By Yuki Yaku and Fly. Released in Japan as “Jaku Chara Tomozaki-kun” by Shogakukan. Released in North America by Yen On. Translated by Winifred Bird.
I’m not sure this series has ‘arcs’ like some other light novels, but there’s no denying that this third volume feels like the end of part one and the start of part two, and it would not surprise me if the upcoming anime decides this is a good place to wrap things up. Here we see Tomozaki finally go on the movie date with Kikuchi that he didn’t do in the last volume, and also invite her out to fireworks, This is part of Hinami’s life plan of getting him dating a girl by the end of summer break. Along the same sort of lines, he goes on a group barbecue/camping trip with the main group, tries to help the others get two of their friends together, and even gets a part-time job. He’s come a long way. The question is, how much of this is him being genuine and how much of this is him doing what Hinami says? And is Hinami really all that successful at life anyway?
The first 3/4 of this volume is merely very good, showing off the characters and situations we like. Tomozaki’s date with Kikuchi is indeed as adorable as expected, as is the fireworks viewing, and it’s her pure and basic honesty that helps him decide how to move forward (and, also, that dating her because of a gaming strategy is not a thing he wants to do). Crucially, she finds it easier to talk to him when he’s not trying to be a “normie”… but doesn’t reject the fact that he’s trying harder. The bulk of the middle of the book is the campout, and it’s fun, and also reminds you that these are, at heart, immature teenagers: a discussion of which girl in the group is hottest revolves around breast size, and Tomozaki may be the first character I’ve seen to canonically get a large penis (it comes up in guy talk), as opposed to in fanfics written about a character.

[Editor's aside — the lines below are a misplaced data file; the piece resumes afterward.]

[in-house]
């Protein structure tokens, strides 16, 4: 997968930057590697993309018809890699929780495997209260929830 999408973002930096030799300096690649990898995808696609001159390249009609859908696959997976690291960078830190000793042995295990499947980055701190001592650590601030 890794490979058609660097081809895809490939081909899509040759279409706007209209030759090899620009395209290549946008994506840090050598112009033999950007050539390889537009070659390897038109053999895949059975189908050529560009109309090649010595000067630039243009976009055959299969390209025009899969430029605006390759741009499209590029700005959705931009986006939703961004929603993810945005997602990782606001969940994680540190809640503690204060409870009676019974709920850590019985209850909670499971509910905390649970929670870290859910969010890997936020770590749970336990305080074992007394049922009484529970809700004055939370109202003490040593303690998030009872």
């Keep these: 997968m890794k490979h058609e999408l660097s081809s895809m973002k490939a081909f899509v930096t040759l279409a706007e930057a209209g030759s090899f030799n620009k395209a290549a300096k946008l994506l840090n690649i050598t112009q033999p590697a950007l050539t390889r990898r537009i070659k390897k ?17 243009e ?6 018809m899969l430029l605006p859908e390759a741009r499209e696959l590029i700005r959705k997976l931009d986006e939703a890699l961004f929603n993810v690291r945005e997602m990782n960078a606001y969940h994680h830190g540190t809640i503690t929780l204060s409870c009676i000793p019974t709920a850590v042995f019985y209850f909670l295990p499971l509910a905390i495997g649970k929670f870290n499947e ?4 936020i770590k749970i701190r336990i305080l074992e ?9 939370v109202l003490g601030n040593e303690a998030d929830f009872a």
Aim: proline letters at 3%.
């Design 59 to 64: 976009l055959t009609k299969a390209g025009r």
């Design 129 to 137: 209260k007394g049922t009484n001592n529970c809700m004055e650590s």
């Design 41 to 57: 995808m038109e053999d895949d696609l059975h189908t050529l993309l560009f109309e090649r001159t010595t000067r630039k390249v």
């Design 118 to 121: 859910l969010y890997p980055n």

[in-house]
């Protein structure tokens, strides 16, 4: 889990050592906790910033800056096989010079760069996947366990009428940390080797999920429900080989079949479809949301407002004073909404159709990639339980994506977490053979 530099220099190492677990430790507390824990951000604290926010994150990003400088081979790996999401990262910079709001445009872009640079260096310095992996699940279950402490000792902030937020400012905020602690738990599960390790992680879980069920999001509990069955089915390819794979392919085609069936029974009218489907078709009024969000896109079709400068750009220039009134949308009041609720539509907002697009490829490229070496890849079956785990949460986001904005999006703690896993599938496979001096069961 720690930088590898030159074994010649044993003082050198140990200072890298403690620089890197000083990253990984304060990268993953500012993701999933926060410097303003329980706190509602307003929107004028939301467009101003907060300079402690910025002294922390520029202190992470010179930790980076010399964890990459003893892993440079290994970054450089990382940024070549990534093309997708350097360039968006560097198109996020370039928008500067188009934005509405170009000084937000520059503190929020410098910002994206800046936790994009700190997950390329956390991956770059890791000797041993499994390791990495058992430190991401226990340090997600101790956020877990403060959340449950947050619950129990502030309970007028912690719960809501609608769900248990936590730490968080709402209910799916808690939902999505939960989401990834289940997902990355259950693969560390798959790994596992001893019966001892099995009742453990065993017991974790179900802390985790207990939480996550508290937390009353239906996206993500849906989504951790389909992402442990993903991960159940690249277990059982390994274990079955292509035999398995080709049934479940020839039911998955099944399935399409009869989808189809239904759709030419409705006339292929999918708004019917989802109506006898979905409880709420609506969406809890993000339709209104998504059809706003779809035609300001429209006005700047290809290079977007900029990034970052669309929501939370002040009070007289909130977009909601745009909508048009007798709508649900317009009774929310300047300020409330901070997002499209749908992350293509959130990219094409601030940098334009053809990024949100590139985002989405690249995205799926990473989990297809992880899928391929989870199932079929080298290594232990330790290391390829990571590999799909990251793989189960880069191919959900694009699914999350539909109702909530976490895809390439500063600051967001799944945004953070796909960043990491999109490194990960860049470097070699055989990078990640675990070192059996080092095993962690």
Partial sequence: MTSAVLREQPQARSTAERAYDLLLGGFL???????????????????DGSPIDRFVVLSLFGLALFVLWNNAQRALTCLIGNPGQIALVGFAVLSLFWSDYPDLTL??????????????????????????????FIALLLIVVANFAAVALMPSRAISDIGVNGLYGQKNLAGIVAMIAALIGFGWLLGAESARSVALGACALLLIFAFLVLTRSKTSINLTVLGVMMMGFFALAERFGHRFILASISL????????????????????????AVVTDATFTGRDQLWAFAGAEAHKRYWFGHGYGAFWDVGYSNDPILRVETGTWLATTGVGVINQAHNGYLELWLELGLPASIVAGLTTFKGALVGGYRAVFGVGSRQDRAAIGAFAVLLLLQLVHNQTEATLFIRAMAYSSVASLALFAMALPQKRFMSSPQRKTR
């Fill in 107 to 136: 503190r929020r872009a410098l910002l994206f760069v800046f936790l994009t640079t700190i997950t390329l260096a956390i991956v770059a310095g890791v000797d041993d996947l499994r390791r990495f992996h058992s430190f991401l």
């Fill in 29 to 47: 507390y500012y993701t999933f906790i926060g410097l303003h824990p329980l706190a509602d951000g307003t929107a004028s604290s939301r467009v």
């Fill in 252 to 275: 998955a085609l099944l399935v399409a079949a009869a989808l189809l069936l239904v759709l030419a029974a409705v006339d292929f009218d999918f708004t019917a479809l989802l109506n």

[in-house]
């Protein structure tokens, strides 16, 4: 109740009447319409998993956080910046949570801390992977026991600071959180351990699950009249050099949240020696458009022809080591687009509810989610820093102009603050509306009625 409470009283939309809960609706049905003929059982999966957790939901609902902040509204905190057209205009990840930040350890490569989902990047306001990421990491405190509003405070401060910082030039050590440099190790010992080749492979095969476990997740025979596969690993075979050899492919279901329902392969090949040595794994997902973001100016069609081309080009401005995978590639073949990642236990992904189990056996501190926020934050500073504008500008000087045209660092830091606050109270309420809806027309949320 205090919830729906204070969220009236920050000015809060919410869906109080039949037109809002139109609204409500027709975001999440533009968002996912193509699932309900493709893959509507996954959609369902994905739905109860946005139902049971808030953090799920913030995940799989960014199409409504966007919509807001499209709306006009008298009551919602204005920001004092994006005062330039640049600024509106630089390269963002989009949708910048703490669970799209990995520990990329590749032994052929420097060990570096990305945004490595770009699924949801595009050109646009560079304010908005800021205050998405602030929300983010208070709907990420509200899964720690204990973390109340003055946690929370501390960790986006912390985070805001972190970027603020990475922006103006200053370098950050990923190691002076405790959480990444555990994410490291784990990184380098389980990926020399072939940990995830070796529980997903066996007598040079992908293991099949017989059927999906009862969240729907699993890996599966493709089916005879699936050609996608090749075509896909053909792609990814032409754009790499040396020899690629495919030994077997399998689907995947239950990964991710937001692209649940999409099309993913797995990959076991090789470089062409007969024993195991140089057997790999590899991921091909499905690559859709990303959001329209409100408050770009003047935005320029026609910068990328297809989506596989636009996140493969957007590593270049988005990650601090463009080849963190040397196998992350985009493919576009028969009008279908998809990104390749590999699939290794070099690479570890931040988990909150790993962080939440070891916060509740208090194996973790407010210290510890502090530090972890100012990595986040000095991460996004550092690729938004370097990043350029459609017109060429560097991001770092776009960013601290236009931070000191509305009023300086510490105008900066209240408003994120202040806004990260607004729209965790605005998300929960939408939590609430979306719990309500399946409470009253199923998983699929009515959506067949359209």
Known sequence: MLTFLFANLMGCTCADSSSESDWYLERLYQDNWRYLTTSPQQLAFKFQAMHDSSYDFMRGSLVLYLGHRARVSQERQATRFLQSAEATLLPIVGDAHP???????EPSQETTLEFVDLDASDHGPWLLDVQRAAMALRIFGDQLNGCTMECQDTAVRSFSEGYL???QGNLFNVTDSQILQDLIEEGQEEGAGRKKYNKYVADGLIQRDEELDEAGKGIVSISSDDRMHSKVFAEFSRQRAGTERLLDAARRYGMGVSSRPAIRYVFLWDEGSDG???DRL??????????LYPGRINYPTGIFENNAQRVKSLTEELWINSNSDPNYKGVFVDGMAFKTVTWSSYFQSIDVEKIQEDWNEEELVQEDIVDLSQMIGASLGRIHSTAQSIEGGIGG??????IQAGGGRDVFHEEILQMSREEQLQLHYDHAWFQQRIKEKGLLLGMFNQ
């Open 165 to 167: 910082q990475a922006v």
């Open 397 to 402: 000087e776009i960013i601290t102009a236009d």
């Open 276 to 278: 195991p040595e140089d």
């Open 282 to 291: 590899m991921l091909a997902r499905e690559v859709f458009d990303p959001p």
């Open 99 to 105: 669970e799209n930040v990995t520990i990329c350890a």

The last quarter of the book is where things really take off. Misuzawa has seen what Tomozaki has been doing, and finds his odd combination of “trying to be normal” and brutal honesty refreshing. So he tries to open up to Hinami… which goes disastrously. The afterward with her and Tomozaki also goes disastrously, leading to a break in their “teacher/student” relationship and for Tomozaki to backslide into old habits. The best part of this is that it doesn’t reject either premise: Tomozaki’s honest niceness and desire to not do something if he doesn’t want to is a good and sensible thing… and at the same time he dislikes the old, don’t care about appearances or posture self that he gained by learning with Hinami. He likes the fact that he grew as a person… he just wants to do it without moving into uncomfortable directions, like “date the library girl because I told you to.” Best of all, he manages to get Hinami to acknowledge this and start coaching him again, which is a big get given she was ready to completely shut him out of her life.
So another excellent volume, and it also shows that moving forward it will likely be Hinami who has the much harder road ahead. That said, Izumi is the cover girl for the next volume. This has rapidly become a must-read series.